Getting the People Part Right: A New Look at Public Diplomacy

Ambassador Holliday and Ambassador Wohlers discuss public diplomacy before a question and answer session.


A rebuilding economy, spreading democracy, developing technologies, a changing political environment: it is a time of transformation for the United States government. As the U.S. handles its own domestic responsibilities, it is working concurrently to improve its reputation abroad. Certainly now is the time to build new relationships, strengthen those already existing, and take advantage of the space this country chooses to give diplomacy in its international activity.

It is becoming clear that reassessing the way the U.S. approaches Public Diplomacy (PD) from an institutional level could set us further on the path to success. In partnership with Katherine Brown and Chris Hensman from the U.S. Advisory Commission on Public Diplomacy, and funded by a grant from the Smith Richardson Foundation, Ambassador Wohlers has done just that. As he searched for a way to fit the pieces of public diplomacy back together, he sought to answer the question: What can the U.S. Department of State do to improve PD’s effectiveness? Ambassador Wohlers presented his research and report entitled Getting the People Part Right II this past Wednesday, June 17th, at Meridian International Center, followed by an engaging and thoughtful discussion with President and CEO of Meridian, Ambassador Stuart Holliday.

Katherine Brown, Executive Director, U.S. Advisory Commission on Public Diplomacy
Katherine Brown, Executive Director, U.S. Advisory Commission on Public Diplomacy, introduces Ambassador Wohlers.

Ambassador Wohlers presented several recommendations to elevate the effectiveness of the Department of State, the first of which, and arguably the most important: to define public diplomacy’s mission and priorities in concrete and tangible terms. Ambassador Wohlers also suggested strengthening the oversight role of the Office of Policy, Planning, and Resources for Public Diplomacy and Public Affairs for all PD related issues. Improving training programs, identifying relevant skills and attributes, and increasing targeted recruitment of professionals were also on Ambassador Wohlers’ list of recommendations for the Department of State.

Ambassador Wohlers begins his presentation of Getting the People Part Right.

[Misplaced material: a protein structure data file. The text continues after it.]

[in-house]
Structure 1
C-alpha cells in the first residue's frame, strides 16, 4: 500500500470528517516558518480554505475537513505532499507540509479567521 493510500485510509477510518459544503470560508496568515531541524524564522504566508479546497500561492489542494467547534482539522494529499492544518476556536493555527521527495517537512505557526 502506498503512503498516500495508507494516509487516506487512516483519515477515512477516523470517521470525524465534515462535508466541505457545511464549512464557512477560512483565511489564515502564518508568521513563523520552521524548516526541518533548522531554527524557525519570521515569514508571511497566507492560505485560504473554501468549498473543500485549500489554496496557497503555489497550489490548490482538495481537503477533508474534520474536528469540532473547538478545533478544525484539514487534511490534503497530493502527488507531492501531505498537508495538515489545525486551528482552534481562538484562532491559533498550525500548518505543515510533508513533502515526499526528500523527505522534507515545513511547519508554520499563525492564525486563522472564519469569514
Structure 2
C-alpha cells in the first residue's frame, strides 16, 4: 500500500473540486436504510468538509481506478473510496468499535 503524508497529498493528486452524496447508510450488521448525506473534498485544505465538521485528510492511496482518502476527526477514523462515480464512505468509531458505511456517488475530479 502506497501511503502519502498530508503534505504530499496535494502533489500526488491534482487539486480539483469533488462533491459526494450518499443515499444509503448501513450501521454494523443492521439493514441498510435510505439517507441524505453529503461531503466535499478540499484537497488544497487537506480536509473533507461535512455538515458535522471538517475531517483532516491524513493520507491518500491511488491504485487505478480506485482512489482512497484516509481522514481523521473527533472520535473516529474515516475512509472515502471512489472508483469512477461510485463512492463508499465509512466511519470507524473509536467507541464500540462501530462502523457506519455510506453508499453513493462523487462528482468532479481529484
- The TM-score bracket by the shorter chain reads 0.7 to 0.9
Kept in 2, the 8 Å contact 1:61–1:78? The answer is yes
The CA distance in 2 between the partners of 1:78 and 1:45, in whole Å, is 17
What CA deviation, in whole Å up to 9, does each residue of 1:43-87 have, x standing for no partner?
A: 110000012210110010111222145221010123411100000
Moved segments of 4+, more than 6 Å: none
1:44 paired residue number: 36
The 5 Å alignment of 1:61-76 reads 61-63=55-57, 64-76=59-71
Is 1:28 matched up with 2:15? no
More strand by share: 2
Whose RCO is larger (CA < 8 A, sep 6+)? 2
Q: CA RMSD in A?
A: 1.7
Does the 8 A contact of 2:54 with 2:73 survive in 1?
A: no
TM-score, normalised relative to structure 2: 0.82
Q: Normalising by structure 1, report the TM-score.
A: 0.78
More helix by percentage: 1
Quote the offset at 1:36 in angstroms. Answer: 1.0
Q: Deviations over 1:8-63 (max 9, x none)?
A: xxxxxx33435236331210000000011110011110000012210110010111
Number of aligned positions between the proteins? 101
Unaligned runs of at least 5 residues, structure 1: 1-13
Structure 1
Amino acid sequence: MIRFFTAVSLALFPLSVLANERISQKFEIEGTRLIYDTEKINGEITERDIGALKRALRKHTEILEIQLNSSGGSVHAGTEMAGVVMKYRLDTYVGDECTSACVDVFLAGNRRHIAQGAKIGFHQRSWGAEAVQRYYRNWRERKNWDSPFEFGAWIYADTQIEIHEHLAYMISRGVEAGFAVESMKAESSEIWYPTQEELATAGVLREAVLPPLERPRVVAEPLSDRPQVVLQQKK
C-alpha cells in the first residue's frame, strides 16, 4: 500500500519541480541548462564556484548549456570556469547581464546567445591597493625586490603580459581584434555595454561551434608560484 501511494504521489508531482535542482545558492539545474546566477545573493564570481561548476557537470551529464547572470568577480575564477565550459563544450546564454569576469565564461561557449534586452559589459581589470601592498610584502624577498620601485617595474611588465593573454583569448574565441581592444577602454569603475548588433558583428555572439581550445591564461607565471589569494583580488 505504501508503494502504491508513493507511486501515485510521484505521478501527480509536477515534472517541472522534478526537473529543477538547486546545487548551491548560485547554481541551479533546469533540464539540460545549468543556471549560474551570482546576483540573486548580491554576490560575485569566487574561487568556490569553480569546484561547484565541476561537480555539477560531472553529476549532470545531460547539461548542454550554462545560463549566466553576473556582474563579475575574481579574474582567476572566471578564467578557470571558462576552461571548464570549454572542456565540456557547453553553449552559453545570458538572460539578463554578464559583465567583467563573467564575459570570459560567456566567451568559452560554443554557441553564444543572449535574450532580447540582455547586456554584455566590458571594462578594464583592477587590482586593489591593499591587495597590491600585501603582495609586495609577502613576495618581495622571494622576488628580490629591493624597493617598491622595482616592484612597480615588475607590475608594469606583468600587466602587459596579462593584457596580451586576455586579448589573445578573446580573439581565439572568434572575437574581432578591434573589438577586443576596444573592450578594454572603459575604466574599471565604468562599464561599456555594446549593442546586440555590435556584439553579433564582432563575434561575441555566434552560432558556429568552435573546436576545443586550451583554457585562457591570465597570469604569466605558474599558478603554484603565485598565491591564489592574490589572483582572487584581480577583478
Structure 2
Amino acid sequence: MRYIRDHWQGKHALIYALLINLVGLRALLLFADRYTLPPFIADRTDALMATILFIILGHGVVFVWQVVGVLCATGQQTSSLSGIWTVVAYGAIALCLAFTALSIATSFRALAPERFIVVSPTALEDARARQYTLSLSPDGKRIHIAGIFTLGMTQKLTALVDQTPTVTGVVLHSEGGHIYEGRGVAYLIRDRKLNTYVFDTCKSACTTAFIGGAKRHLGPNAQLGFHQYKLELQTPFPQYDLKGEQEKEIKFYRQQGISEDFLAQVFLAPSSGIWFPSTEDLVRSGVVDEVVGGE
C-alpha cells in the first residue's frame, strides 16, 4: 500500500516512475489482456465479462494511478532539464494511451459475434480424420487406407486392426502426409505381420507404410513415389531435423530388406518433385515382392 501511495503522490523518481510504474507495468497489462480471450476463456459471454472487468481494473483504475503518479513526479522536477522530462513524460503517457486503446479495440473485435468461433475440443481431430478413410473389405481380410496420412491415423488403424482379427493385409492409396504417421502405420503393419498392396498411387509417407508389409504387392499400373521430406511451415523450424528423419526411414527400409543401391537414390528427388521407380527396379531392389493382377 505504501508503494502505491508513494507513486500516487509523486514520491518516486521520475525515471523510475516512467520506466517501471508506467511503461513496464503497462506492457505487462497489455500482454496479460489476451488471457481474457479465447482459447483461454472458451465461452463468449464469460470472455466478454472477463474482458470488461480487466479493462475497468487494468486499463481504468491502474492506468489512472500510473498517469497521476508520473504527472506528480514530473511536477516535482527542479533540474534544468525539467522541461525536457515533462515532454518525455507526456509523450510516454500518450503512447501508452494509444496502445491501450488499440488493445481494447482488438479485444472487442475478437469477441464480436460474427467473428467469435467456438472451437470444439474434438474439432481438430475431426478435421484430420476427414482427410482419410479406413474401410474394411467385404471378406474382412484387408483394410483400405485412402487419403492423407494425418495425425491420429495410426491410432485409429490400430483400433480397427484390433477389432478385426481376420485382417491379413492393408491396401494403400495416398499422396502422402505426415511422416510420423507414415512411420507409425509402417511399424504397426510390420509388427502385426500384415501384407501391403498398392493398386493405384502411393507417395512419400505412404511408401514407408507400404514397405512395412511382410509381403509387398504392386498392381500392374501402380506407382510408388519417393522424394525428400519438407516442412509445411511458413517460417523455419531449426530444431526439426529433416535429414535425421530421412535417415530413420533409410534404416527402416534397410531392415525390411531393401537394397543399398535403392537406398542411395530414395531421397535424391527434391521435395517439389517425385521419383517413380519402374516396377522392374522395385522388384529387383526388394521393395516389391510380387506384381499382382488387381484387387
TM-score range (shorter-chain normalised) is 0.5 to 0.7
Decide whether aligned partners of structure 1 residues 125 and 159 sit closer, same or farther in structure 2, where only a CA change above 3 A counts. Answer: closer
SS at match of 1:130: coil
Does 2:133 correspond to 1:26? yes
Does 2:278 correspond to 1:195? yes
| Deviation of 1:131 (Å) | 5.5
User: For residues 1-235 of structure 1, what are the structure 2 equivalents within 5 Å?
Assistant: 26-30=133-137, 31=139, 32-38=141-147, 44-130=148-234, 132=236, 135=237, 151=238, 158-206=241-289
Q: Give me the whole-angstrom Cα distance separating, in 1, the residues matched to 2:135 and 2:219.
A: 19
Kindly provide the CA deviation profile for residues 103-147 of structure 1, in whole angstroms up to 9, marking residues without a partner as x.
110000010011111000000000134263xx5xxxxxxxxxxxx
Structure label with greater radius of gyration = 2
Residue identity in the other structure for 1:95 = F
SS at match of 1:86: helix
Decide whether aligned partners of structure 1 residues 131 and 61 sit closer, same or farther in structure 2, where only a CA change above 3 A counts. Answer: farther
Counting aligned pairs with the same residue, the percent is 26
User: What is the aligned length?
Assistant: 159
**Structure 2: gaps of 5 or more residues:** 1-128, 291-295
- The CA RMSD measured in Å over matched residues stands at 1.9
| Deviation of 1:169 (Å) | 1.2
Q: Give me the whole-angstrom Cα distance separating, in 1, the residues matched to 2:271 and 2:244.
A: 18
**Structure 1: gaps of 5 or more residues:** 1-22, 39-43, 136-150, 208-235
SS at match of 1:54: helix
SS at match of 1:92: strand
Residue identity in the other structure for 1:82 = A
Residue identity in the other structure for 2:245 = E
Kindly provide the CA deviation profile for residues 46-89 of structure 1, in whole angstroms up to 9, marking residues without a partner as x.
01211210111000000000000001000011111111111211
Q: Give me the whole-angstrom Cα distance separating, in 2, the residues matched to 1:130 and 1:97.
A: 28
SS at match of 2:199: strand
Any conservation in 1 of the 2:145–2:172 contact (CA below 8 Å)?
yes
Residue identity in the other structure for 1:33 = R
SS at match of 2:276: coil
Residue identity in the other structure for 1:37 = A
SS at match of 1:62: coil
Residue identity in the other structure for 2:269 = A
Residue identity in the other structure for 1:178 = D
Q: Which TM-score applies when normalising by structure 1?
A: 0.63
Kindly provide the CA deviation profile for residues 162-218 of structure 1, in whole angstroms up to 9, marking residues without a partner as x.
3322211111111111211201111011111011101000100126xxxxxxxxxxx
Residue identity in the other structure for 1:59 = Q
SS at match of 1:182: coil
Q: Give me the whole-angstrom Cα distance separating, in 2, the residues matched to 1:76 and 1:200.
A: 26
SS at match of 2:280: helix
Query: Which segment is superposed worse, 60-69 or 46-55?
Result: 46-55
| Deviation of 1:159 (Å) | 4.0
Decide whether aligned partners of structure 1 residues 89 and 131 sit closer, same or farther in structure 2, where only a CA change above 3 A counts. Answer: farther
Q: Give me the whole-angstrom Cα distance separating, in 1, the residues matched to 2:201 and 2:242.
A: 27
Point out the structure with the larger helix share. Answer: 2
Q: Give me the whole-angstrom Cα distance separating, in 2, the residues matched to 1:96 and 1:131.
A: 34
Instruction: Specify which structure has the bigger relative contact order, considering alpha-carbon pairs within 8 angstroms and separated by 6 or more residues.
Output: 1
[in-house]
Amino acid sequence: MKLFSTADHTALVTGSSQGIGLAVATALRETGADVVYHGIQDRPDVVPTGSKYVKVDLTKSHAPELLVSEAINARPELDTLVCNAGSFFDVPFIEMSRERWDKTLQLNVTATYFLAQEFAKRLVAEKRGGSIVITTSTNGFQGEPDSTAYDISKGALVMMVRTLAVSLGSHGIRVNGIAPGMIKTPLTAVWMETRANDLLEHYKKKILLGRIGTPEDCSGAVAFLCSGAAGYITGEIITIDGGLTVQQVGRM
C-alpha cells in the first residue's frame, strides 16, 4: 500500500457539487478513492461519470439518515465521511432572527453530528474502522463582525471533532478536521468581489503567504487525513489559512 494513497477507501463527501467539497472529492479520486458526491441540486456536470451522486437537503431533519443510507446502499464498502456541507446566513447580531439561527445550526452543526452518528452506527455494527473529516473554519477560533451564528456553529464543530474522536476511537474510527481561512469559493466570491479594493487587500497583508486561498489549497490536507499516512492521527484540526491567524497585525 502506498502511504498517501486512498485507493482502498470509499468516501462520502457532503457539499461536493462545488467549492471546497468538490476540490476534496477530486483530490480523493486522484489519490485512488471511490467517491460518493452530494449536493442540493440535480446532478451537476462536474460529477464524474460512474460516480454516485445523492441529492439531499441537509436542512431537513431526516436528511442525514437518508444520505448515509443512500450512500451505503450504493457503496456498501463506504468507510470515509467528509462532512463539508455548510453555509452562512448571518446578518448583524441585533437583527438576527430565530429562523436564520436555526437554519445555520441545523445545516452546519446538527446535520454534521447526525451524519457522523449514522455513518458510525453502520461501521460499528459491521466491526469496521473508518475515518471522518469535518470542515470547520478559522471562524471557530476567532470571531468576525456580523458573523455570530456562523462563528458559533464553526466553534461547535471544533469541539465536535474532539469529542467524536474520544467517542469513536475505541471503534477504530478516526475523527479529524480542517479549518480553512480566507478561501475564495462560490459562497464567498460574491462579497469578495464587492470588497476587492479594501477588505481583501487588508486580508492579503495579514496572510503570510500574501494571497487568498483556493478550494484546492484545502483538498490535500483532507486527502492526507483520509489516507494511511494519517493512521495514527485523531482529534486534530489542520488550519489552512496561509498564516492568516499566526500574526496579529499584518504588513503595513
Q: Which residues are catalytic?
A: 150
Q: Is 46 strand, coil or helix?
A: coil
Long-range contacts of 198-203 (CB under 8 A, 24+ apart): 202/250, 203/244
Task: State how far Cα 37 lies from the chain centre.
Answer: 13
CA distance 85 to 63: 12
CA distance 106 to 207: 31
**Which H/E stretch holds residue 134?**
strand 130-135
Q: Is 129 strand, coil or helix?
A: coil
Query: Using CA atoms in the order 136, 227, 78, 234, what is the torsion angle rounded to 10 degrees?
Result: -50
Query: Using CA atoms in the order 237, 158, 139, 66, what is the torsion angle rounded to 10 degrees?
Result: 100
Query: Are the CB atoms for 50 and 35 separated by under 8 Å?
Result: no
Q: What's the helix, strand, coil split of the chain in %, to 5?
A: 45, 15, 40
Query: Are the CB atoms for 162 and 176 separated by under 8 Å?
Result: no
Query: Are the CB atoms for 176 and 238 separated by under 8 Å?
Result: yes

Ambassador Wohlers begins his presentation of Getting the People Part Right.

The recommendations coming from Getting the People Part Right II are hopeful, and show concrete steps that can be taken to improve U.S. PD. But as Ambassador Wohlers demonstrated, simply showing PD’s value is an extremely complex task. Improvement will require a shift in the entire surrounding mindset – people have to “take PD seriously” in his view, and believe that it can make a difference. It is a field with no time frame, which connotes vagueness and lack of direction to some, but could also be seen as an opportunity to make timeless, lasting strides in international relationships. But how will we make that shift in thought?

PD is an invaluable tool that we could rely on during this time of worldwide transformation – we just need to figure out how to use it effectively. But to do that, we need interest, curiosity, and excitement, which we seem to be lacking. In another ongoing Meridian project, Foreign Policy Matters, we explore this issue of mindset by showing the effects foreign policy can have on the daily lives of Americans. Ambassador Holliday admits that foreign policy can seem “distant and far removed,” but urges people to recognize that in reality, “foreign policy impacts every aspect of our lives.” The same is true for public diplomacy; it has the power to affect us all. It lays the foreign policy groundwork – through it, we create the relationships that allow for international collaboration and progress. To this end, both State and other government officials – as well as the citizens who give them their mandate – should be making PD a top priority.

The success of U.S. public diplomacy depends heavily on the support given to its professionals, and the environment surrounding them. Meridian works to continue to set an example for diplomacy and help create this environment through exchange programs designed to foster cross-border understanding, in the hope that it can be a driving force in furthering goals for international leadership. As a mechanism for strengthening U.S. engagement with the world, looking ahead to a global future, and promoting international collaboration, public diplomacy is at the heart of Meridian’s mission. A revamped PD system may just be the tool the United States needs to successfully connect with communities and countries around the world, as long as we put our trust in its effectiveness. With further collaboration, we will move closer to answering these questions, and I ask one more: What will be the next step for public diplomacy?